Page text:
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Value play: Senator Rex Patrick at the opening of the Melbourne AIC, where he emphasised the need for Australia to add value via advanced manufacturing rather than simply exporting raw materials.

Victorian AIC open, SA to follow, in bid to maintain viability of local parts sector

16 Dec 2019

THE first of two Auto Innovation Centres (AIC) was opened in Melbourne last week to support local automotive parts development and testing, backed by $10 million in government funding that one of the politicians responsible for securing the support, Senator Rex Patrick, described as a good example of “public interest extortion”.

 

In opening the Mulgrave facility, which will be followednext year by a twin centre in South Australia, Senator Patrick (SA, Centre Alliance Party) said the AIC was an important step towards maintaining Australia’s place in the automotive industry and its future as a manufacturing country.

 

Senator Patrick said the AIC, which was conceived by the Australian Automotive Aftermarket Association in 2014 before the closure of the Ford, Holden and Toyota factories, became part of the $100 million rescue package assembled after the Abbott government oversaw the closure of the industry in 2017.

 

The package was drawn up after a Senate inquiry on which Senator Patrick, and his predecessor Nick Xenophon, both served.

 

“The car industry closure was totally unnecessary. I was quite adamant something needed to be done for the industry,” he said.

 

Sitting on the Canberra crossbenches gave Senator Patrick the opportunity to do some hard bargaining for the industry.

 

“It wasn’t just the funding for this fantastic facility thatwe got. We managed to twist the government’s arm with some ‘public interest extortion’ to the tune of $100 million,” he said.

 

“Of that, $47 million was to stimulate high-value manufacturing in Victoria and South Australia, $24 million for a range of advanced manufacturing research projects, $13.5 million came in the form of tariff reductions, $5 million to assist student research and $10 million for two innovation laboratories.

 

“People talk about horse trading. We dismiss horse trading because when you horse trade sometimes you get a donkey.

 

"We prefer to talk about what we do as public interest extortion.”

 

The $10 million funding, which includes $600,000 from the Victorian government, includes $4.2 million for the establishment of the two AIC sites while the remainder will be made available in the form of grants to parts-makers who successfully apply to use the development and testing services.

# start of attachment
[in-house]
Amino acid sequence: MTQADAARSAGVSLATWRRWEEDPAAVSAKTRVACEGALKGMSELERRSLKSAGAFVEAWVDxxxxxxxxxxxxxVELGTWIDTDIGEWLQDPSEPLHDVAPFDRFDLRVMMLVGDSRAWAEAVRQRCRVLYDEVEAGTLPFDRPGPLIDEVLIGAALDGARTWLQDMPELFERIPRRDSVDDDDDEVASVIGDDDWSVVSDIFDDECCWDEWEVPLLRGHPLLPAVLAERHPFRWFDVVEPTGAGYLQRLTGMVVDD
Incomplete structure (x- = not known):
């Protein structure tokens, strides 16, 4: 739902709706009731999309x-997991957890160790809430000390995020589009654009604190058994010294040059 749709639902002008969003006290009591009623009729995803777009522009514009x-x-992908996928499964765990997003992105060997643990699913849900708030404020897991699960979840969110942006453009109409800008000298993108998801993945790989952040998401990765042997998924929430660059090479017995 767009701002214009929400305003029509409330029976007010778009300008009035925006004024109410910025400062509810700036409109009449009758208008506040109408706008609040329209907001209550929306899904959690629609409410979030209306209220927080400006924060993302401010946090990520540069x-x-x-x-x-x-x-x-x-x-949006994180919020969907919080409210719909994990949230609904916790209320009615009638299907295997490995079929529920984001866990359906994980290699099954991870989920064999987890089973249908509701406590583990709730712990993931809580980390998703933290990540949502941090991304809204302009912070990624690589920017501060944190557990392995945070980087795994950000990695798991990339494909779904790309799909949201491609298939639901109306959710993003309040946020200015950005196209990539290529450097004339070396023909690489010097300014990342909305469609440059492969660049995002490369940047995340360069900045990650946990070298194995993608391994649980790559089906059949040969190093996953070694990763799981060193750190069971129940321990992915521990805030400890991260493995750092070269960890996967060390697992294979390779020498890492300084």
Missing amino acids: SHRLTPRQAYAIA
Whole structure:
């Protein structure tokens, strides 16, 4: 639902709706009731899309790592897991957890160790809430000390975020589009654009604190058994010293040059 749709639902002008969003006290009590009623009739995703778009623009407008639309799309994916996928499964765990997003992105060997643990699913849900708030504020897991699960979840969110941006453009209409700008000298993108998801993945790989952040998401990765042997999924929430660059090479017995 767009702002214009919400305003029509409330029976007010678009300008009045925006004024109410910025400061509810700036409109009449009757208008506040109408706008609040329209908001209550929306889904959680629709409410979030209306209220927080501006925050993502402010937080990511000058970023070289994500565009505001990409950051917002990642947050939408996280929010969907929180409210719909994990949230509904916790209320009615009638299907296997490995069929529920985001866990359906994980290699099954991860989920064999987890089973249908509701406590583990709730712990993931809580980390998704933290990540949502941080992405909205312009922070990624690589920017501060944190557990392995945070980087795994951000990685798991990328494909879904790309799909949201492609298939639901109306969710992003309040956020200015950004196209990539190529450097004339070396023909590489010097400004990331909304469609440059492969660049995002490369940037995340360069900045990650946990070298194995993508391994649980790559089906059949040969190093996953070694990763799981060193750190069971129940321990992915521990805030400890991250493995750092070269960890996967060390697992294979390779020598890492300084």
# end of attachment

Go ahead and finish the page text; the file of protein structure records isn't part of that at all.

Applications for the second round of these grants opened on the day the AIC was opened, December 12, and will close on February 4, 2020.

 

As GoAuto reported the announcement of the AIC at the Australian Automotive Aftermarket Expo in April, the centres are designed to accelerate the development and reduce the costs of local component design and manufacturing.

 

They will be equipped with advanced data capture equipment that can scan and recreate whole vehicles in a digital three-dimensional space, providing crucial information to expediate the parts-making process without compromising quality.

 

Advanced 3D printing hardware will also be on hand at the centres, as well as facilities for staff training on use of equipment and tools.

 

Senator Patrick said last week that Australia could not go on simply digging up and selling rocks to overseas buyers, but needed to get into value adding if the manufacturing sector of the workforce was ever to grow back past seven per cent.

 

“For instance, we have about 18 per cent of the world’s reserves of lithium and we currently produce about 47 per cent of world production,” he said.

 

“It’s predicted that in 2025, lithium world exports will be worth $12.5 billion. So we could have a portion of that. But if we go to the refining and processing stage, that’s going to be worth $41 billion.“

 

"If we go to electro-chemical processing, that’s going to be worth about $297 billion. Storage cell production then will be worth about $424 billion and final battery assembly will be worth $1.3 trillion.

 

“That’s what we should be shooting for and, in order to dothat,we need to be value adding here in Australia.”

 

Senator Patrick said those in Canberra who do not think Australia should try to grab some of that value adding for itself, instead of simply exporting rocks and letting others make the profits, should remember the famous line written by public intellectual Donald Horne.

 

“Australia is a lucky country run by mainly by second-rate people who share its luck," he said.


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